Much of Tanita Tikaram's songwriting is actually about generating mood rather than dealing with lyrics that have a conclusive structure to them. While she's proven able to write complete lyrics in the past, she more often produces lyrics that are almost broken down, focusing on a mood, an image or an idea rather than developing that into a story.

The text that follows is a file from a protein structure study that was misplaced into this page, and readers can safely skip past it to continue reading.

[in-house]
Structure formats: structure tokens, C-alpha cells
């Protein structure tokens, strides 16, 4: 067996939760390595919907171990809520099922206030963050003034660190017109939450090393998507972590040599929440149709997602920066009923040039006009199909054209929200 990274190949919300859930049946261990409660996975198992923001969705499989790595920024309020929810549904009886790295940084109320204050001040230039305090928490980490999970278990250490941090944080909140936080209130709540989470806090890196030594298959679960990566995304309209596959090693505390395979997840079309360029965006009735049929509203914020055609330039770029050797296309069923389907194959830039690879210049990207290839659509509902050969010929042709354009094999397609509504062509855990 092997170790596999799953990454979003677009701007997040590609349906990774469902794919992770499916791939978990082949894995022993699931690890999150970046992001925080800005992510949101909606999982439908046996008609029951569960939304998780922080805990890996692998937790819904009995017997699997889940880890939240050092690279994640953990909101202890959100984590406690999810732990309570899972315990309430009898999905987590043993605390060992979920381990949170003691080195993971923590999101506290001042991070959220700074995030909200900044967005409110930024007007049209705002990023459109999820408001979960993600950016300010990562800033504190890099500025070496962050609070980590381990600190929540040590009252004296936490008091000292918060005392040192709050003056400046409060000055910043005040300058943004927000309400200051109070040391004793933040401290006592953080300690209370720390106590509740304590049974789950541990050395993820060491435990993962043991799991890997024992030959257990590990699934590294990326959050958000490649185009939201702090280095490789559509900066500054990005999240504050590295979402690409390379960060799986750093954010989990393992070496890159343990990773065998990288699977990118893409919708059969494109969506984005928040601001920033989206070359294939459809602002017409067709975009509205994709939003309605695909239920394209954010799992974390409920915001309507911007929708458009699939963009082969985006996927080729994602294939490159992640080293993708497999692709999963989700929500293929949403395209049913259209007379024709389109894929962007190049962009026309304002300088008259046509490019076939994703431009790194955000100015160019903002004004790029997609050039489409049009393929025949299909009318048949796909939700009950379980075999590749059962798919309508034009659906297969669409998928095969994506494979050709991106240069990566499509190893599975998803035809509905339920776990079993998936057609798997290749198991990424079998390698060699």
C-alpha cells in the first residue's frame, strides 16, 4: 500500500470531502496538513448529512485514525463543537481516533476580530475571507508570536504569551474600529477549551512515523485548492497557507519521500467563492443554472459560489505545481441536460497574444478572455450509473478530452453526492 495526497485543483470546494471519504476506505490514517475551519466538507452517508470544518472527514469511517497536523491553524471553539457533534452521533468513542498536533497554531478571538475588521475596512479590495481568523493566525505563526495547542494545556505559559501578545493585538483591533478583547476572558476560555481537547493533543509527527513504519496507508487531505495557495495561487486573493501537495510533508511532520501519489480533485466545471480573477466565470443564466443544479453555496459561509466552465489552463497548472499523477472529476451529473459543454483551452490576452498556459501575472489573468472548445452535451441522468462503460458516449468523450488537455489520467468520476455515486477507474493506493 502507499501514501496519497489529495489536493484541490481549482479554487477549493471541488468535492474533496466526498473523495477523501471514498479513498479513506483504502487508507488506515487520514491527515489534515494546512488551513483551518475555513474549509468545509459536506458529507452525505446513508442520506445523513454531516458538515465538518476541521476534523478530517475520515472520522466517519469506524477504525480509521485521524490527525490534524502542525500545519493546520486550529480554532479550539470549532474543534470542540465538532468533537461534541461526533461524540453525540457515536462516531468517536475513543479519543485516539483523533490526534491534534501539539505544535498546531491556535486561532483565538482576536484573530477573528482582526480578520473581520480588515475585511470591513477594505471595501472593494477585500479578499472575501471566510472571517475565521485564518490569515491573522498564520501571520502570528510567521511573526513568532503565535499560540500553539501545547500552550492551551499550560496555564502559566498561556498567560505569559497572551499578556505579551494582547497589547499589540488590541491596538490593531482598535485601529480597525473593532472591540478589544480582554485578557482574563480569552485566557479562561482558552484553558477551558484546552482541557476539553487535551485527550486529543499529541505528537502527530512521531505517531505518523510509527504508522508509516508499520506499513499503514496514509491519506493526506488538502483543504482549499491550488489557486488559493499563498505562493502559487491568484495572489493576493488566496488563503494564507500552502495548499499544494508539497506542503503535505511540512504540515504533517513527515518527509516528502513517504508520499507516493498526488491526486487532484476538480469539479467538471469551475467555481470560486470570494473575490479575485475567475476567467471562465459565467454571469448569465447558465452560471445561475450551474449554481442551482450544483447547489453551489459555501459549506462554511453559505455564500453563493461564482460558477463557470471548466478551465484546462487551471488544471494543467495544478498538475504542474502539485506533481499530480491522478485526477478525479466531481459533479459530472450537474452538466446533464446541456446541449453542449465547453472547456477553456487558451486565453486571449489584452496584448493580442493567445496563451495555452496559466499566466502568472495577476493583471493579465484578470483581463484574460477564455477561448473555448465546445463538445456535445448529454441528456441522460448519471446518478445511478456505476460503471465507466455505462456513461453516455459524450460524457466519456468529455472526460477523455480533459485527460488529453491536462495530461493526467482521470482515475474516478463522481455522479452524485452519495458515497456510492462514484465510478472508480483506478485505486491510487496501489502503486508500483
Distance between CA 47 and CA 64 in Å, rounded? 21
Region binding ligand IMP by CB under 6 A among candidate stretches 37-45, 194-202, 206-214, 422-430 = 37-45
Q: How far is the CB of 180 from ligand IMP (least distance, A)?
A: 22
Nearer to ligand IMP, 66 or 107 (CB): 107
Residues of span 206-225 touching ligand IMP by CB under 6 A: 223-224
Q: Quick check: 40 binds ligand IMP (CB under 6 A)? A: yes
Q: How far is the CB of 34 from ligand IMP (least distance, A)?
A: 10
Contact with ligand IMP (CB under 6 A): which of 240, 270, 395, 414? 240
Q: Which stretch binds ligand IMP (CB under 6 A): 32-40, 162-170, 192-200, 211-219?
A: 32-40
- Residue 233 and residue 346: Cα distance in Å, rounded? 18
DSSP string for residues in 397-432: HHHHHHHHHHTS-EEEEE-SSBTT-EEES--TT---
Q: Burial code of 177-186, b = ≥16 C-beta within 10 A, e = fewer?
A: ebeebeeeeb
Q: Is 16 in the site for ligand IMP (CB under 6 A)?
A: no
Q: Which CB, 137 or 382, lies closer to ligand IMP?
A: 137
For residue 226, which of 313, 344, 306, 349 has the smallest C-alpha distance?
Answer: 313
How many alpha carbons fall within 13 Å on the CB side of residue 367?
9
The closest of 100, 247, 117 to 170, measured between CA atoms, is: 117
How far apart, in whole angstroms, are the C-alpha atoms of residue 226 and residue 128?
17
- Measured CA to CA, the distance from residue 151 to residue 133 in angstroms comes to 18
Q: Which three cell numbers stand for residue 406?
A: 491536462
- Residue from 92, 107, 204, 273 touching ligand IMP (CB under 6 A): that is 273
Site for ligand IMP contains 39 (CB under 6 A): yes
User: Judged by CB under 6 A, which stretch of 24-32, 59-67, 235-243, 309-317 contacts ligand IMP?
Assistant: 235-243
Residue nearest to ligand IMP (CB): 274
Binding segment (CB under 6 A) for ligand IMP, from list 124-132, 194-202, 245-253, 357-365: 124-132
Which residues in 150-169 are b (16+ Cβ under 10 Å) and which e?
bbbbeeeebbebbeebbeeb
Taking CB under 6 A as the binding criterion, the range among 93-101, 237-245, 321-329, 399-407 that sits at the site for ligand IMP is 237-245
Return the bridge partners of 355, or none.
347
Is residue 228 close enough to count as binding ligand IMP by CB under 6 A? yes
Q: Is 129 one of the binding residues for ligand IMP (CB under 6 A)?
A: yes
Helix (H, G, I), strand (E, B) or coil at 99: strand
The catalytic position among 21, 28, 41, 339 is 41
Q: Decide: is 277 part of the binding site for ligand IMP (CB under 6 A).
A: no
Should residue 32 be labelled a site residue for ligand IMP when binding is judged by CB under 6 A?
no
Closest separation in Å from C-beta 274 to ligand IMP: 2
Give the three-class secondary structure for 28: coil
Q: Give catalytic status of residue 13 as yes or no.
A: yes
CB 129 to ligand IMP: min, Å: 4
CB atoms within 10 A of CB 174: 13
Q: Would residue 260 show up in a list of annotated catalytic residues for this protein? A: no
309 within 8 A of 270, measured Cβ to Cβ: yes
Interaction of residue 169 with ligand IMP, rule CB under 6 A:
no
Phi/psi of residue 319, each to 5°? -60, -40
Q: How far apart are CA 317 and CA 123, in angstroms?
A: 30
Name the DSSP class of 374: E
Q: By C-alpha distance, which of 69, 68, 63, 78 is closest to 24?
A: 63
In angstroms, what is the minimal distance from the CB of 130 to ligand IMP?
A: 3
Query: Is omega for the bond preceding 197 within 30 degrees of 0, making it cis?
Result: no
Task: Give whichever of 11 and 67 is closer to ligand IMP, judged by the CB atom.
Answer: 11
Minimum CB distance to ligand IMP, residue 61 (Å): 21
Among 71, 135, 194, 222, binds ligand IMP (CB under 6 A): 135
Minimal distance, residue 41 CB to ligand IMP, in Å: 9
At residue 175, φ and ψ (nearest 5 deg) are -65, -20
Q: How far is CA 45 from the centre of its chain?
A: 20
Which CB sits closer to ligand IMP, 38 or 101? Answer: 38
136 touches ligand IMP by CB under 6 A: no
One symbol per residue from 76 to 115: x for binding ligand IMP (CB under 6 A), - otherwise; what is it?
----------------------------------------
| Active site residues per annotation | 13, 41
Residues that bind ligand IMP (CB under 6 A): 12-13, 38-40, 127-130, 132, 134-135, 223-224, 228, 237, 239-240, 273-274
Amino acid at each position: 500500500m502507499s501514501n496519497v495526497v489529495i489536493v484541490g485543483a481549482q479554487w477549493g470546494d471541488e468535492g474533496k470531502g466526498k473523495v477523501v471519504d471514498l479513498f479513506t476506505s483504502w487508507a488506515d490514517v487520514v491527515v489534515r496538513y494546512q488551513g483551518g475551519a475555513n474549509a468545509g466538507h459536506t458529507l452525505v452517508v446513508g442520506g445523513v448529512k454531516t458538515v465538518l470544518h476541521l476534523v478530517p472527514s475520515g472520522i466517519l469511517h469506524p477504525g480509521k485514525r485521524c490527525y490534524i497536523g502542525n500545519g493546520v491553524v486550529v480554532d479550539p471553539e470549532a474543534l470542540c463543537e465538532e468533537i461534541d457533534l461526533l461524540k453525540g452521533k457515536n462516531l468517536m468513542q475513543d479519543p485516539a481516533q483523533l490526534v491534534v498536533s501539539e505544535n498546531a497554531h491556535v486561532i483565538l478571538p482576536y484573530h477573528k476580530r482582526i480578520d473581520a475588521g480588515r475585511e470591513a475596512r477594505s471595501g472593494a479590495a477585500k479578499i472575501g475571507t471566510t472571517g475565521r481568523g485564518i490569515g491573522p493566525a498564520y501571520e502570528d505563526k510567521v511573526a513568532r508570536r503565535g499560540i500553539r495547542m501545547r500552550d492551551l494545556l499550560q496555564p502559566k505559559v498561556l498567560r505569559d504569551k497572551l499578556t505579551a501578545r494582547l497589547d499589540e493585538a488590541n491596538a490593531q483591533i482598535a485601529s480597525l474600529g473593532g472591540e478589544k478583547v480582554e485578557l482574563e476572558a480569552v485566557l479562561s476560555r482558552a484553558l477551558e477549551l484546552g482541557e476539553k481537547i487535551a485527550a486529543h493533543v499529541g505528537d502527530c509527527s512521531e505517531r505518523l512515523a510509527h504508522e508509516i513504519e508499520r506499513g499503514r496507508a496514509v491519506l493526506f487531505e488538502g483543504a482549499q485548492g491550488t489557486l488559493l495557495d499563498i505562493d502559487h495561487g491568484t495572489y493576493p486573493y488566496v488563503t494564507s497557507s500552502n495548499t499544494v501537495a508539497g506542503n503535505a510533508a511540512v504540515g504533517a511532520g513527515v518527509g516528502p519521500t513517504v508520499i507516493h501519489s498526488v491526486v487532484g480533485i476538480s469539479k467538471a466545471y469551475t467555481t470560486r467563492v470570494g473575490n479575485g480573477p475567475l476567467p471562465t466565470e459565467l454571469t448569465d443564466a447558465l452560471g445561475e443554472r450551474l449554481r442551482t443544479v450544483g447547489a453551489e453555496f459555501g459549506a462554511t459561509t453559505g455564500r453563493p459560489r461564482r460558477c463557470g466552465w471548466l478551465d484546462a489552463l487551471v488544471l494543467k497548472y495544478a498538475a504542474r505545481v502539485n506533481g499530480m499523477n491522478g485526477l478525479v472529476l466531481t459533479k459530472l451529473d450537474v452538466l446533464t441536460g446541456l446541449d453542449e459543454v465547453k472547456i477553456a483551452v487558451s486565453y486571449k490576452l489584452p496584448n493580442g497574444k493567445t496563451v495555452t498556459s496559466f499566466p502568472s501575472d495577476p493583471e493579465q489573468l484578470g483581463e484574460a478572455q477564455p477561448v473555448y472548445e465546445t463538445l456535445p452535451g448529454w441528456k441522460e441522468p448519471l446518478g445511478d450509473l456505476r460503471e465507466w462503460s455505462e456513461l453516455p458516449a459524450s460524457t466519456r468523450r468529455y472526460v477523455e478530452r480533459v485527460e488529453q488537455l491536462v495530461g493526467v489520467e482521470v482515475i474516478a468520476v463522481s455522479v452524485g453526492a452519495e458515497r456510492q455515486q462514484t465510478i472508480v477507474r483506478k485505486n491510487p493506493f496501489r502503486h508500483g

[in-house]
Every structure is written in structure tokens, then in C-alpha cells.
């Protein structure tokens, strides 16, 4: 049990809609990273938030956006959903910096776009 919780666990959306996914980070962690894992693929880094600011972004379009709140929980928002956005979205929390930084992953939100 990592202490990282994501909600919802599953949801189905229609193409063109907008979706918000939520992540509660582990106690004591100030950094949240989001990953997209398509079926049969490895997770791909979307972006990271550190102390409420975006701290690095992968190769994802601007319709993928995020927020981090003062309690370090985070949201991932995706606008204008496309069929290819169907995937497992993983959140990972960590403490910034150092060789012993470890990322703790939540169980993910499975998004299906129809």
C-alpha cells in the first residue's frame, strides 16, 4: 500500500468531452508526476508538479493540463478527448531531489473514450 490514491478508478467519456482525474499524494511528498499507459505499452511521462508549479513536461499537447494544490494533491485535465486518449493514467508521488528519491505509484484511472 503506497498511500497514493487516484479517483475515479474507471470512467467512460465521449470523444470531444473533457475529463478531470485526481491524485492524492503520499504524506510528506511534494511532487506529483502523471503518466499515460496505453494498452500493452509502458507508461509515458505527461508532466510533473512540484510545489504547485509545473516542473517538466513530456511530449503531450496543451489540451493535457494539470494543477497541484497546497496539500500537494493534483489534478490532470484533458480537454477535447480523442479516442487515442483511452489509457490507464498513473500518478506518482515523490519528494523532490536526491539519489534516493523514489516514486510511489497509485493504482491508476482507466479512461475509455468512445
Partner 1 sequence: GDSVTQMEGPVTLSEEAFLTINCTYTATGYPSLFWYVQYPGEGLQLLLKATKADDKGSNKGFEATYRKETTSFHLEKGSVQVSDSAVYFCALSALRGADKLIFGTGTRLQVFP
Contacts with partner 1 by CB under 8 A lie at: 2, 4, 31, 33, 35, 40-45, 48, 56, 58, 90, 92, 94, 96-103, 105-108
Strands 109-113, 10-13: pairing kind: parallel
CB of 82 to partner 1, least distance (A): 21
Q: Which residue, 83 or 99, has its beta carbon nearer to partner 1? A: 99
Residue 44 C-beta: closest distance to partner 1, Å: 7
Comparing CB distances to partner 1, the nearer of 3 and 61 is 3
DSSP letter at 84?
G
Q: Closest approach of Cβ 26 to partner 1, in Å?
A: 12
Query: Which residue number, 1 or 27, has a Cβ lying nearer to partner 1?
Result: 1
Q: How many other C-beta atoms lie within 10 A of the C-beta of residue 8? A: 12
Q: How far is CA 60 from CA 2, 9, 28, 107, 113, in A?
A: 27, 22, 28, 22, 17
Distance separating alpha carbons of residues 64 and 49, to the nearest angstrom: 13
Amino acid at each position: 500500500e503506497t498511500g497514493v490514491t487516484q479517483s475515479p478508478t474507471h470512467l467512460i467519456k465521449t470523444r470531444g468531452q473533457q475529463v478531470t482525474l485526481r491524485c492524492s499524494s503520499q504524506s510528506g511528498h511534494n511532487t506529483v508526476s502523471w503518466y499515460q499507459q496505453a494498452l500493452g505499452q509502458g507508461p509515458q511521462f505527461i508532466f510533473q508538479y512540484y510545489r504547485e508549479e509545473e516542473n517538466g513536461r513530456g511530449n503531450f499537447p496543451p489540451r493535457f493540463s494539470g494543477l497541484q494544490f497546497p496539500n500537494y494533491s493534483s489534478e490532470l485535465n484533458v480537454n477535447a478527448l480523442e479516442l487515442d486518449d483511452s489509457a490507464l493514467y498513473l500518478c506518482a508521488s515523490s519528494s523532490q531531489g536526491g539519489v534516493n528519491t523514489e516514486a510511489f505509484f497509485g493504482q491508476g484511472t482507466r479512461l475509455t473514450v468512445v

Musically, it's another matter, and this is where she excels. She has a knack for great musical hooks and for engaging arrangements that pull you into the music, balancing that music off against her deep, dark voice. What makes this even more intriguing is that her voice is very much the rusty folk singer type of voice -- there are times when she reaches for a note and misses, and even that never stops her. But she makes it work -- her songs are structured around her vocal characteristics, and she uses her voice to good effect with her songs. Eleven Kinds of Loneliness (which has twelve songs, indicating one isn't about loneliness) is uniformly listenable, especially if you allow the music as a whole sweep over you. Tikaram is a born cynic whose penchant is for examining elements of life and love from that cynical viewpoint; still, there's a sense of joy, if only in the music, that comes through, balancing the edge. Her talents still need some fine-tuning, but she's on her way to being a consistently solid presence in the singer/songwriter arena.